DFS Server Target Prioritization

DFS Server Target Prioritization is a feature available in Microsoft Windows Server 2003 with Service Pack 1 (SP1) and later operating systems. This feature enables DFS servers to take advantage of available Active Directory site-cost information to prioritize the targets in client referrals.

Before Windows Server 2003 with SP1, targets were grouped into two sets: one group for containing all targets in the same site as the client; and another group for all other targets. Those targets sharing the same site as the client are called "in-site", and if site-costing is enabled, they are assigned a specific cost value relative to the site overall, with lower site costs preferred over higher ones.

With the availability of this site-costing data, server targets can be prioritized for more effective DFS server failover strategies. In the past, this granular level of detail was not available, and administrators had to resort to artificial means (such as dummy sites in AD) to support even simple requirements like the designation of specific servers as a "backup" or "secondary" server in the case where a "primary" DFS server fails. Now, with the additional detail provided by site-costing, multi-level failover strategies are possible.

The following discussion assumes that site-costing is enabled.

Target Prioritization

Target priority is a specific ordering from an administrative perspective, classifying and ranking in-site servers in terms of explicit preference based on their site cost from a DFS client. Global priority is independent of the site-cost. Note that global priority classes do not necessarily indicate the most optimal targets from a DFS client's perspective, but instead reflect the importance, or lack of importance, of specific targets from a site administrator's perspective.

Server target priority is divided into two value categories: priority class and priority rank. Priority classes are divided into two levels: local and global. Within these classes there is a rough ordering of targets based on site cost, grouped as high, normal, and low priority. The result is five priority classes, in order from highest to lowest priority as follows:

  • Global high priority
  • Site-cost high priority
  • Site-cost normal priority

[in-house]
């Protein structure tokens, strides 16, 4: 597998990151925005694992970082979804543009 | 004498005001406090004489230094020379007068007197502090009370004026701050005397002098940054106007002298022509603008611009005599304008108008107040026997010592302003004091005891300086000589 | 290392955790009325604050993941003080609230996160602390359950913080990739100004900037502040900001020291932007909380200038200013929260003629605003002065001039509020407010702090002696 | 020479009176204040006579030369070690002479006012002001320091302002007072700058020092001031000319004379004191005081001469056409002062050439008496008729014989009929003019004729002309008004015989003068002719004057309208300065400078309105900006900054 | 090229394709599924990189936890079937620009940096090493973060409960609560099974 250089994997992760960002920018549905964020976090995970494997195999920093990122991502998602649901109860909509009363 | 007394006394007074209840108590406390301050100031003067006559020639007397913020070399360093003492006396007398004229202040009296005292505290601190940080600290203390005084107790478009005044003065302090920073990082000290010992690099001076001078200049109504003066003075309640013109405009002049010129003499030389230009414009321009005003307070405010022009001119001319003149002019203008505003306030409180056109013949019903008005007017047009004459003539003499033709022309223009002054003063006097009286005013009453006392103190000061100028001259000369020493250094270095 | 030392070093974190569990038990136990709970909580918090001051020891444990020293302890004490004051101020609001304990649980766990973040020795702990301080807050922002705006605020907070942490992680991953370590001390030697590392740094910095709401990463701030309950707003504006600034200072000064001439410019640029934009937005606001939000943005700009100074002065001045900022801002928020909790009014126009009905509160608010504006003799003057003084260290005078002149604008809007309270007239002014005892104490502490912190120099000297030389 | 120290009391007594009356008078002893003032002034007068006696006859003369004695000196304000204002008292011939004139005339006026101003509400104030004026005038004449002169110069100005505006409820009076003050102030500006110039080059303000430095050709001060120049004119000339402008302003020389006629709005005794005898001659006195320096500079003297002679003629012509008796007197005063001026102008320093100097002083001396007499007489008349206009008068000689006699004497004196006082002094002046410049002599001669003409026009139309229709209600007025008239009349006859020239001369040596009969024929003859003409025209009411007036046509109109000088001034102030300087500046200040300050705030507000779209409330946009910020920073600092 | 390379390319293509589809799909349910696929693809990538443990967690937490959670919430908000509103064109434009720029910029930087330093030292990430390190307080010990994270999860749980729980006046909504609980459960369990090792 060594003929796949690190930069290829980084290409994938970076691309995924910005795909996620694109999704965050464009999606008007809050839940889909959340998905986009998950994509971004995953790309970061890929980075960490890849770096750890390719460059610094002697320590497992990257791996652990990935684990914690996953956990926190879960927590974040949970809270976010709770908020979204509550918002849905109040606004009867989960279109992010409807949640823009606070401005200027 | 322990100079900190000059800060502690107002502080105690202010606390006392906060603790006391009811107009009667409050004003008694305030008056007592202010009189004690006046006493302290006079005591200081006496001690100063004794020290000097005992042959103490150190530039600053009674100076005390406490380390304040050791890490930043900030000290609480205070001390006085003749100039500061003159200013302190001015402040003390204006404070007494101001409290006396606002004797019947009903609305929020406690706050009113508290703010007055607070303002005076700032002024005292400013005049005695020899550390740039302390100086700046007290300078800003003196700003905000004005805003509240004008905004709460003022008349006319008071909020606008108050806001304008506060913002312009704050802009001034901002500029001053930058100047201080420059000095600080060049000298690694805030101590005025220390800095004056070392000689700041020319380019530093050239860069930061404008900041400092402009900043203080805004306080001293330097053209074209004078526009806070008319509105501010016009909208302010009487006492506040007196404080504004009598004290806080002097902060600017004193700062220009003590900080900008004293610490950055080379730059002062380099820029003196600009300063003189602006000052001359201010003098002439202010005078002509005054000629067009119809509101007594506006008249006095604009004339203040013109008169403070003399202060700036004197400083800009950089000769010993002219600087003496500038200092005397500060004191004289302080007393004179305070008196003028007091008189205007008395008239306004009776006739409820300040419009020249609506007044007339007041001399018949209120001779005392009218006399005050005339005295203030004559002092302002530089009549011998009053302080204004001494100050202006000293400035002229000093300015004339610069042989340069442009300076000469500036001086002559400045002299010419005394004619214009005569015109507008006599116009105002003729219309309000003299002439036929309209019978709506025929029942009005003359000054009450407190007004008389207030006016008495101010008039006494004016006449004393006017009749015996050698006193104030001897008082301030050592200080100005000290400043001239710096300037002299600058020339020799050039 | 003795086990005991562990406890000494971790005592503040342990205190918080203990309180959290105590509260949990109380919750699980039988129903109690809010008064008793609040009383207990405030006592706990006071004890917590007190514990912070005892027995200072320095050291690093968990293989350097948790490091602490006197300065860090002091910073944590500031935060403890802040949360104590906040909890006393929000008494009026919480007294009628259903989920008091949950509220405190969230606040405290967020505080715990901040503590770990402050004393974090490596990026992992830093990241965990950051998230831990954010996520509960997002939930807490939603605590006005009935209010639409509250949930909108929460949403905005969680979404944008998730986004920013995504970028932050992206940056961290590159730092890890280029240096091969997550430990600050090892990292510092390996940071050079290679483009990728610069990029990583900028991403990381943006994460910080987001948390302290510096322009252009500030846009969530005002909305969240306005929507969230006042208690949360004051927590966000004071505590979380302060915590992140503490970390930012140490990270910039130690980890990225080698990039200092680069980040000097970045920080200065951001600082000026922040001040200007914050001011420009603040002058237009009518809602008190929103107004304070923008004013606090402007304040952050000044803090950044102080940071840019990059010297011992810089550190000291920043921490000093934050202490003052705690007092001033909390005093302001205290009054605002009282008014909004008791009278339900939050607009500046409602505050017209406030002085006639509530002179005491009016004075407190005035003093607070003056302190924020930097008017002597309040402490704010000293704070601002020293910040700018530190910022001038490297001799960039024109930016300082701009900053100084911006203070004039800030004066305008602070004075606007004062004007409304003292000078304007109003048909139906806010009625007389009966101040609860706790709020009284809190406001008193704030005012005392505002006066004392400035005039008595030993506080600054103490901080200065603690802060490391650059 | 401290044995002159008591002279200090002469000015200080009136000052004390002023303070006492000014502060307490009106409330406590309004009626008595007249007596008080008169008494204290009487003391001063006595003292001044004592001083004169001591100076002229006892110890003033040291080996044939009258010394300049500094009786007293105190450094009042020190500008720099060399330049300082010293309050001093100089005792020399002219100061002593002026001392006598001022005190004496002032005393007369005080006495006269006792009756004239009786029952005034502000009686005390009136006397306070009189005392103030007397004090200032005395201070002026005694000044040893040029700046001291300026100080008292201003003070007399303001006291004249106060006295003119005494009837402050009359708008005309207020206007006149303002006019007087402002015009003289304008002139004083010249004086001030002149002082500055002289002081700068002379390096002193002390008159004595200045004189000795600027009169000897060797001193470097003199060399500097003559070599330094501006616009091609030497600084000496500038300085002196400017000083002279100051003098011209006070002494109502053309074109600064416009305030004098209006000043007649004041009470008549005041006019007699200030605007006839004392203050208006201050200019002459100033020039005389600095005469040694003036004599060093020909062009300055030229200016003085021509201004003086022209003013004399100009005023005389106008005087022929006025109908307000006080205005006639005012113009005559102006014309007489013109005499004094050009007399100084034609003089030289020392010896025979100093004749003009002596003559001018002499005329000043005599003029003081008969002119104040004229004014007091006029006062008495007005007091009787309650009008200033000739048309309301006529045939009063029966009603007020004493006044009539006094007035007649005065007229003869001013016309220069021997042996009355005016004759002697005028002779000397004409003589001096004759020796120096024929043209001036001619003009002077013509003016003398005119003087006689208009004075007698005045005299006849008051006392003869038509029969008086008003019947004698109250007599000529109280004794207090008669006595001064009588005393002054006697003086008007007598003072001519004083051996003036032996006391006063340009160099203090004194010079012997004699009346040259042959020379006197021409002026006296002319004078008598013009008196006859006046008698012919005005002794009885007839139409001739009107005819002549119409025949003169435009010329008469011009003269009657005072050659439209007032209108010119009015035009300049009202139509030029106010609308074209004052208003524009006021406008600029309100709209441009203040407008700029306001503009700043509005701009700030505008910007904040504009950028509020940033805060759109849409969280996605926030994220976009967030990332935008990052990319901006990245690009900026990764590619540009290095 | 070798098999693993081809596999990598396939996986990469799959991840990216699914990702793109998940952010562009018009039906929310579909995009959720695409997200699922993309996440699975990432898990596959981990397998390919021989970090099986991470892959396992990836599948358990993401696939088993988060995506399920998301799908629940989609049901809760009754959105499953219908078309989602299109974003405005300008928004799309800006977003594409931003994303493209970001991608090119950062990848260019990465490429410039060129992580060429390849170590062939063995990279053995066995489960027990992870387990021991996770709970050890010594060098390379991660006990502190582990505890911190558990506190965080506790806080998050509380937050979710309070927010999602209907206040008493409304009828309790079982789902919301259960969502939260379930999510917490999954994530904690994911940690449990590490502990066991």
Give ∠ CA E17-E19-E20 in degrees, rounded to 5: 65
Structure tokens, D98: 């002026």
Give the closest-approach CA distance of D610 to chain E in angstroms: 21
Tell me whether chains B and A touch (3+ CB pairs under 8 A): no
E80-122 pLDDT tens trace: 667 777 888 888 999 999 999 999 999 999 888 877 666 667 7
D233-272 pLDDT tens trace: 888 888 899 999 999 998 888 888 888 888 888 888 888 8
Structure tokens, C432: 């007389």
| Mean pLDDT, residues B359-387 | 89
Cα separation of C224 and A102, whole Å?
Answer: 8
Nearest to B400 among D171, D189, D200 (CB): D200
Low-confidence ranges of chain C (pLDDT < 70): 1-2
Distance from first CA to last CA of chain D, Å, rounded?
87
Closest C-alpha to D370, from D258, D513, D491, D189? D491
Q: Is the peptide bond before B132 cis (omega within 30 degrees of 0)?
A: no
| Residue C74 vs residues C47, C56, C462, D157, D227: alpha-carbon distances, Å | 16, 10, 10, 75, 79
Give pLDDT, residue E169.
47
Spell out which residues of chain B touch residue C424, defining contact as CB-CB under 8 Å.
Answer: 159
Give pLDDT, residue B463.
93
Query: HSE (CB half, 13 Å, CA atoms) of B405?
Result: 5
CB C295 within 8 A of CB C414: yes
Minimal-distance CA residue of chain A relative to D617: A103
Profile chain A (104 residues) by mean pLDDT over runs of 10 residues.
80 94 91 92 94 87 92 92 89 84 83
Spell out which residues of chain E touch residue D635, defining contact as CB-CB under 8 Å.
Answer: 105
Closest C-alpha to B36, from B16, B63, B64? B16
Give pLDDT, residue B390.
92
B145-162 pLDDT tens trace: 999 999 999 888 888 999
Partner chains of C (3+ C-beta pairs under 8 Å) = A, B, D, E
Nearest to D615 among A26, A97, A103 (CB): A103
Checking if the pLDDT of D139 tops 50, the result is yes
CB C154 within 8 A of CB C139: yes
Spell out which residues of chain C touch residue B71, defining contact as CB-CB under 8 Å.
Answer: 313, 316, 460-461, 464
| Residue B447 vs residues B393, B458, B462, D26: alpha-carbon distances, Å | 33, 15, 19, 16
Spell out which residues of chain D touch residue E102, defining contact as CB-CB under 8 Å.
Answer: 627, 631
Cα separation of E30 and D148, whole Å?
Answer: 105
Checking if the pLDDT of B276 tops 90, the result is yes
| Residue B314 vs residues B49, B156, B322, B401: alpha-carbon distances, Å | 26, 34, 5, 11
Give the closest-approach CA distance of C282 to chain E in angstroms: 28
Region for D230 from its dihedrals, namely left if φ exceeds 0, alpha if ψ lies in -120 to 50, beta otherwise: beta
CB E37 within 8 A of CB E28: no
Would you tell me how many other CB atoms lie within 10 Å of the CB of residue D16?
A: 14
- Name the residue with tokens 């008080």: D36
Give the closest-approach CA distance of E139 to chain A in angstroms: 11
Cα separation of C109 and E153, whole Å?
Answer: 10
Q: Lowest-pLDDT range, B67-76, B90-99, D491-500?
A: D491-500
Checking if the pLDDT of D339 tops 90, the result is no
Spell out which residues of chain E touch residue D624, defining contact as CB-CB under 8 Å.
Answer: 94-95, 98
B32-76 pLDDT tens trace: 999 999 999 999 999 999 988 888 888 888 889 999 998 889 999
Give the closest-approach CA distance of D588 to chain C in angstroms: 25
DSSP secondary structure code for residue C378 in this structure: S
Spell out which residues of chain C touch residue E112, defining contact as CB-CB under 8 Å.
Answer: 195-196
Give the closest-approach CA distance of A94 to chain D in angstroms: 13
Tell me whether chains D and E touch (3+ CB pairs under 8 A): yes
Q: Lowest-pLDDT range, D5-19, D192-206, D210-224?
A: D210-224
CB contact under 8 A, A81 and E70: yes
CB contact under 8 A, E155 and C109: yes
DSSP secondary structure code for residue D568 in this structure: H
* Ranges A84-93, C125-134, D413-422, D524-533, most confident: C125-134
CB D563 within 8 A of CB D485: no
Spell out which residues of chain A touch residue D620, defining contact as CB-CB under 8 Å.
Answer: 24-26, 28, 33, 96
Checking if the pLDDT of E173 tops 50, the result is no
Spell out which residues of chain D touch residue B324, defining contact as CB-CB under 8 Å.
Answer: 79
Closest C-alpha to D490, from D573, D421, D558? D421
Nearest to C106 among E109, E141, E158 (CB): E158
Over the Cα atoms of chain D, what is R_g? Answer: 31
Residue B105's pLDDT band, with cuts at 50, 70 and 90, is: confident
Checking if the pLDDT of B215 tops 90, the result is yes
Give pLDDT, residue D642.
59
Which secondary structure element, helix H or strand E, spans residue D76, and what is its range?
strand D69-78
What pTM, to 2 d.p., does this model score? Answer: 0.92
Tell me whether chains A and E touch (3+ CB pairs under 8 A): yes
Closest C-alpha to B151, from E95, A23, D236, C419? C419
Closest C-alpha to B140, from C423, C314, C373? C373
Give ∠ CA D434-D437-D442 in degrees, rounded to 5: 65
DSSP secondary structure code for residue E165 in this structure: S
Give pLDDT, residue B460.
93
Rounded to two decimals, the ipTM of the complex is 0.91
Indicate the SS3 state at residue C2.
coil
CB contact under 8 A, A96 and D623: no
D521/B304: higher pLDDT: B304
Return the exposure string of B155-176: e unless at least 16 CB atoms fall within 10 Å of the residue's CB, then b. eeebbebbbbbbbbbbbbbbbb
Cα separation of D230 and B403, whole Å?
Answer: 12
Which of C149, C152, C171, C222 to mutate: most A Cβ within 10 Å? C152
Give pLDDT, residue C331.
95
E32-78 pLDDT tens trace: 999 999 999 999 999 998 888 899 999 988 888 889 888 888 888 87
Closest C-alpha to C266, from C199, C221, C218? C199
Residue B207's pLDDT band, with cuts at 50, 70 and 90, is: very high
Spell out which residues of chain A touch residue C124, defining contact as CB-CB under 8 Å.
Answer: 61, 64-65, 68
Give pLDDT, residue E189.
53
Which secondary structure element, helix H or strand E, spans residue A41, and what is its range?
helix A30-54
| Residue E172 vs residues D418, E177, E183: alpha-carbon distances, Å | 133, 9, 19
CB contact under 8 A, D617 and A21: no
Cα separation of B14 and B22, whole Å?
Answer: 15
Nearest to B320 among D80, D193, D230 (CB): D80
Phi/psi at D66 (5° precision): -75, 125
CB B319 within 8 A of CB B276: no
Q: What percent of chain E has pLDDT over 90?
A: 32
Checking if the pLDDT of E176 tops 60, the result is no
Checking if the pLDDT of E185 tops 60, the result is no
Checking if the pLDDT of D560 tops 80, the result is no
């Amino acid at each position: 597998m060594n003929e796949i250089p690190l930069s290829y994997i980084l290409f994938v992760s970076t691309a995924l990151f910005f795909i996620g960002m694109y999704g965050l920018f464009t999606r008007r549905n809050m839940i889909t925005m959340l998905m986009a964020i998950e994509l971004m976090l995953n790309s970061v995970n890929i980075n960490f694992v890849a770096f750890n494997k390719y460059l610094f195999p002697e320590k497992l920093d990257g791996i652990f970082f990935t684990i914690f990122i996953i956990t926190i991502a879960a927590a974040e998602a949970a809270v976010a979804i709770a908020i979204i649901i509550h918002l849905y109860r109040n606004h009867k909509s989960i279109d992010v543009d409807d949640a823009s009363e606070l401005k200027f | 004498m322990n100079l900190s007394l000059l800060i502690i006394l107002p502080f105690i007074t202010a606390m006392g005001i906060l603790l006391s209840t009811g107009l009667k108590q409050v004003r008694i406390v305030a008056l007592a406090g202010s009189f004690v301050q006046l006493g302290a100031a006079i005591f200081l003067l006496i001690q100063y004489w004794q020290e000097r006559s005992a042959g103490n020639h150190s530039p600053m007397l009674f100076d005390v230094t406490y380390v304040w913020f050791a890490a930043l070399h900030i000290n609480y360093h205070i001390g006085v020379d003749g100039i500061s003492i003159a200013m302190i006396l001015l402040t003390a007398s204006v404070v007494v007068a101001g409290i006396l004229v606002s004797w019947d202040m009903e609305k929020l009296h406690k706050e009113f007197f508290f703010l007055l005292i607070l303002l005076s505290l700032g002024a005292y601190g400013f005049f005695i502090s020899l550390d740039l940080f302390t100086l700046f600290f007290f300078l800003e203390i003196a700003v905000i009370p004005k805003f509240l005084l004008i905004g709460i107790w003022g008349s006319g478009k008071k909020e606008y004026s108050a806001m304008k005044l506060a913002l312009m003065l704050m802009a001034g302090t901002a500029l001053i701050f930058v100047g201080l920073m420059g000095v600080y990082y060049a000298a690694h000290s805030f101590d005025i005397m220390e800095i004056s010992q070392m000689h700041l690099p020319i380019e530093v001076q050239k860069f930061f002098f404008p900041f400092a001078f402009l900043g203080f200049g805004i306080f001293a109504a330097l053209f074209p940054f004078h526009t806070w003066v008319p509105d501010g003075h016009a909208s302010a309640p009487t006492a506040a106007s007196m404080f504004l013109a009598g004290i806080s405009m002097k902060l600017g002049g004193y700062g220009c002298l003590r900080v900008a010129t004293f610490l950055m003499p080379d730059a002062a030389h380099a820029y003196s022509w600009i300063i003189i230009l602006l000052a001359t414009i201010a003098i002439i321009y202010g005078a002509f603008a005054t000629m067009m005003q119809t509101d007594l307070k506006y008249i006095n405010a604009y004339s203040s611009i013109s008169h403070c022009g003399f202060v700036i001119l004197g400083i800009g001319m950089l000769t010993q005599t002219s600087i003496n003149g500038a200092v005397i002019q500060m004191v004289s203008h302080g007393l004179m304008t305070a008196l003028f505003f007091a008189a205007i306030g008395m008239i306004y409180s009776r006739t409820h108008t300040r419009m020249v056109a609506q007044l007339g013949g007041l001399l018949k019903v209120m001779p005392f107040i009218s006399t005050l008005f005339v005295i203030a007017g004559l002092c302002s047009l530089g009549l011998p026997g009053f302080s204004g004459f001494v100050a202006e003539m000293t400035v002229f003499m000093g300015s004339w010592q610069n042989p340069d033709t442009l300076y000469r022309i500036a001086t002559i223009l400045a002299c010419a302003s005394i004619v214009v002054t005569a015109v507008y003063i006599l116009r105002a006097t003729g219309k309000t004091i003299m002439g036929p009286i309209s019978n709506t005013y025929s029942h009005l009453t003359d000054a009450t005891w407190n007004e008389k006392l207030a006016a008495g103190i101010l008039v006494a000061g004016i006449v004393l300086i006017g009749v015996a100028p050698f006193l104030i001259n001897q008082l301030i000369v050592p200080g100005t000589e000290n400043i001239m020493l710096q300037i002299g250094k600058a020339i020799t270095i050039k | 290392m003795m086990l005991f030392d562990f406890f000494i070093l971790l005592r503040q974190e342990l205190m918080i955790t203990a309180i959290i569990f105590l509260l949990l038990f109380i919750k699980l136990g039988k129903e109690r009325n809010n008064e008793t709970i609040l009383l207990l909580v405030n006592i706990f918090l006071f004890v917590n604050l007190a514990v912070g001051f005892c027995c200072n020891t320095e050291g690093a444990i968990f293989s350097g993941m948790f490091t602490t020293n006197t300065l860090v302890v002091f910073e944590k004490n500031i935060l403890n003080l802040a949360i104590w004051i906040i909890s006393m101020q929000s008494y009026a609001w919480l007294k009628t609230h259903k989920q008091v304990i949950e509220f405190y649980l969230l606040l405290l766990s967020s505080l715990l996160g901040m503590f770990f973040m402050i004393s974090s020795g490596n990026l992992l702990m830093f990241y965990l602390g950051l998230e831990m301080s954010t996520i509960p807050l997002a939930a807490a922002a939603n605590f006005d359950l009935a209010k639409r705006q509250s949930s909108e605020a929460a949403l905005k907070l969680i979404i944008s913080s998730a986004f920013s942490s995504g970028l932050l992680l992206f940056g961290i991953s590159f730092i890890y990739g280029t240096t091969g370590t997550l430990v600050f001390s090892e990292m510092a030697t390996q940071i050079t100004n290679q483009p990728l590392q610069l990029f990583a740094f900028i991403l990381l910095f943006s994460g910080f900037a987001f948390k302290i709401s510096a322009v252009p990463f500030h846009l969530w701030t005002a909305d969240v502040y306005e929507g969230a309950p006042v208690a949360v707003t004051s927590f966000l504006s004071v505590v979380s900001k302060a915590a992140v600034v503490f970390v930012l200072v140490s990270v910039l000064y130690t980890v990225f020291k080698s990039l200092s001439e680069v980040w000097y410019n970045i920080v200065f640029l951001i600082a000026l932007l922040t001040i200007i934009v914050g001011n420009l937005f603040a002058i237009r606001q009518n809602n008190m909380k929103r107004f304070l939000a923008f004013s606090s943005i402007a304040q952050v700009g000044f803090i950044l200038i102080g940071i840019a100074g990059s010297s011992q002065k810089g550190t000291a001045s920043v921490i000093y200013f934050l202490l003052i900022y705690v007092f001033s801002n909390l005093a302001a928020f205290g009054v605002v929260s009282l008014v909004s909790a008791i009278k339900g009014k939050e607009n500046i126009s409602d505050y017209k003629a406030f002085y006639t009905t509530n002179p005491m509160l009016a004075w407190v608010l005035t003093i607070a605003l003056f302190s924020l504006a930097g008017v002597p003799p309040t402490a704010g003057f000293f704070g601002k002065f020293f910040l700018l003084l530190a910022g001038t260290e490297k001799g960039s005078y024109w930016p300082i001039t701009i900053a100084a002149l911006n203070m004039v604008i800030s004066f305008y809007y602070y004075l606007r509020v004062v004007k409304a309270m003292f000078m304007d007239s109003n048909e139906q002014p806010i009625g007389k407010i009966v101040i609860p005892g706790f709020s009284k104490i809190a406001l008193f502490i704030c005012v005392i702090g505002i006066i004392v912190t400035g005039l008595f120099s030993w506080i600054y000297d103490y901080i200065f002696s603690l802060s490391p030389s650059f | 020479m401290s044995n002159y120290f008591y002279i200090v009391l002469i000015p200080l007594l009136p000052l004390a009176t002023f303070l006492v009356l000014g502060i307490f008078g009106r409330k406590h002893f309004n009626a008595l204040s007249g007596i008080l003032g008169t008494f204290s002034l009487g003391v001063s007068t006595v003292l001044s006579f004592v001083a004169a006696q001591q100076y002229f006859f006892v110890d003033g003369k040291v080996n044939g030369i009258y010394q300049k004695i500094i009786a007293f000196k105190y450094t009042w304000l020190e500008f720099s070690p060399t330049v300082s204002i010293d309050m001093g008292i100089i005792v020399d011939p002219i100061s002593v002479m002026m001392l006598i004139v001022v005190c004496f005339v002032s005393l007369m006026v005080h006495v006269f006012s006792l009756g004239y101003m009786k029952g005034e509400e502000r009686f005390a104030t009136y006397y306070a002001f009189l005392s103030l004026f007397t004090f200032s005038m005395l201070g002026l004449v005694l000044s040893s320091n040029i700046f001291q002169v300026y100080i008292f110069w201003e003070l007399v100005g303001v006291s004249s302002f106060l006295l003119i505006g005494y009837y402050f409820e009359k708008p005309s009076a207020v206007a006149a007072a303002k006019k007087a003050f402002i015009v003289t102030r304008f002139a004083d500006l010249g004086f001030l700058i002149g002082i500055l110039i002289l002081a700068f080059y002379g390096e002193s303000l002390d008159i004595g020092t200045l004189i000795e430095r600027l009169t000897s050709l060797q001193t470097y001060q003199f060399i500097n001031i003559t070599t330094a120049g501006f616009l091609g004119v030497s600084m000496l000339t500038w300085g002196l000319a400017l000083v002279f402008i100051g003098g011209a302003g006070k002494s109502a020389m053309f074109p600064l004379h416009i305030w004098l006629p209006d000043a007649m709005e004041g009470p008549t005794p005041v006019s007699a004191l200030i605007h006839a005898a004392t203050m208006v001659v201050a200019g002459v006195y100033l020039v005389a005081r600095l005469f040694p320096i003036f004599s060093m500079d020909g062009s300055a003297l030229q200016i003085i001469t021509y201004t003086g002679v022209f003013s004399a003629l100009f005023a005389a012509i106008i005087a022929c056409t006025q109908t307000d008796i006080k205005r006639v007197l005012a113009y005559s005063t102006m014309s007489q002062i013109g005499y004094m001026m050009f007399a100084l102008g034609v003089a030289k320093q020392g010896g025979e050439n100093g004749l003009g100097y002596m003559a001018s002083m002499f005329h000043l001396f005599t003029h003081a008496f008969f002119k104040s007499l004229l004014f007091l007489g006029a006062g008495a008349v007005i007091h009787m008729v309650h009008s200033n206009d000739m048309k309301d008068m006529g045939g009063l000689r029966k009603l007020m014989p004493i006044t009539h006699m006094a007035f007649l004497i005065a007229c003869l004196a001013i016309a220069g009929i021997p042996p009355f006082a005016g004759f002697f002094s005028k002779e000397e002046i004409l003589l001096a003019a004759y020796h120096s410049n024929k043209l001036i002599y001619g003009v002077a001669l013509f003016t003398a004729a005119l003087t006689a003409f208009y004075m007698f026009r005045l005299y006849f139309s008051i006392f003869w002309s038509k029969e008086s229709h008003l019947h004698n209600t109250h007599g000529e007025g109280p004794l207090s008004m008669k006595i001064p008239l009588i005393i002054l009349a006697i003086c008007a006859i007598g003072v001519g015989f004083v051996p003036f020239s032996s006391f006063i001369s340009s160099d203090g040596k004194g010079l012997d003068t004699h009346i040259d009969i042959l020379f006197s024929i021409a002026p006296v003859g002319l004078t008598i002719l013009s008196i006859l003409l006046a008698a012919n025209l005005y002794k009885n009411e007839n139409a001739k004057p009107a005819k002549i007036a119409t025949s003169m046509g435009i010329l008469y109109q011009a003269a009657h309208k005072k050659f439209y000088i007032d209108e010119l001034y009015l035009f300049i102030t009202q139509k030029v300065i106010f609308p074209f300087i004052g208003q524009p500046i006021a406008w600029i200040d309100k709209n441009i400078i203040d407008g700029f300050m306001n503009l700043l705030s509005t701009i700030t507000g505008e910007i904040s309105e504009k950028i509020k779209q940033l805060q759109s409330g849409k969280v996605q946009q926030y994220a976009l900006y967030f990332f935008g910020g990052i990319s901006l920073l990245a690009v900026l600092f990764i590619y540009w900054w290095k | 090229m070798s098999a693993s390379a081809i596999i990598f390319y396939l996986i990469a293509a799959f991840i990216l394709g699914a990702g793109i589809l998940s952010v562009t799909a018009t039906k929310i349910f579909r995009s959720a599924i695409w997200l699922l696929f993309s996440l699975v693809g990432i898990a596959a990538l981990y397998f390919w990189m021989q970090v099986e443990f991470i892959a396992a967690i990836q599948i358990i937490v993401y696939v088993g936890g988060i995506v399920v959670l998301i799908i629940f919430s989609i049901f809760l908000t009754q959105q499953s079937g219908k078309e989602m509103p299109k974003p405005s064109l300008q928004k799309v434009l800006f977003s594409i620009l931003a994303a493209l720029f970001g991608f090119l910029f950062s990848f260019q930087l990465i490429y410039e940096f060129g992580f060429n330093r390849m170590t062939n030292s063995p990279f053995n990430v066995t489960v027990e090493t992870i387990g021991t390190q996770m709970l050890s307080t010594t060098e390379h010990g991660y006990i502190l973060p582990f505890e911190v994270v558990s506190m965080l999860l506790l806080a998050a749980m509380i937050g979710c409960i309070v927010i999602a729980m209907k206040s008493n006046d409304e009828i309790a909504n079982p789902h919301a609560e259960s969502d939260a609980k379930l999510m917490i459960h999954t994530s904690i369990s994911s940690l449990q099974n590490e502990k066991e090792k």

• Site-cost low priority
  • Global low priority

The site-cost classes can be considered as subdivisions of "global normal priority". Priority rank is a simple integer ranking based on ordinal values: 0, 1, 2, and onward, with 0 being the highest value and all subsequent values indicating decreasing rank.

The global high and low priorities do not consider site-cost values. Targets with a global high priority receive preference over all other targets, and targets with a global low priority receive the least preference.

In ordering a referral, the complete process has the following steps:

  1. The sets of global high and low targets are identified, along with the remaining "global normal" targets.
  2. If the "INSITE" option is set, all targets outside of the client's site are removed. The "INSITE" option is not applied to the global high and low priority sets.
  3. Within each of these three sets, the targets are ordered using the AD site-cost mechanism, using either local or full site costing. The result is sets of targets of equal site cost.
  4. Within the sets of "global normal" targets of equal site cost, targets are assigned a priority class from the site-cost high, normal, and low priority rankings.
  5. Within the sets of targets of equal site cost and priority class, targets are now ordered by priority rank, with 0 being the highest rank.
  6. Within the sets of targets of equal site cost, priority class, and priority rank, targets are randomly shuffled for load balancing.

Graphically, a set of targets are ordered as seen below:

  • global high priority class targets
  • site-cost high priority class targets with site cost = 0
  • normal with site cost = 0
  • low with site cost = 0
  • site-cost high priority class targets with site cost = 1
  • normal with site cost = 1
  • low with site cost = 1
  • and so on
  • global low priority class targets

Within each of these sets, targets are sorted according to priority rank. The highest rank is zero, with each subsequent integer value (1, 2, and so on) indicating an increasingly lower rank.

Target priority is set on a specific target of a link (or root) in a DFS namespace. A target's priority for one link does not influence the ordering of other links if that same target path is used multiple times. For example, if two links have \\server\share1 as a target, the priority of \\server\share1 is set separately for both links.

The default priority for all links is the site-cost normal priority with a rank of 0. Target priority does not affect the ordering of referrals unless it is used, and all existing links are ordered as they are received.

The referral response from a DFS server consists of target sets ordered as indicated above, with each non-global target set containing targets of the same site cost, priority class, and priority rank. Targets within each set are ordered randomly. DFS clients that receive the referral start with the first target of the first set, and continue through the list until an available target for a given DFS root or link is found.

For the specific API implementation of this feature, please see the following reference topics: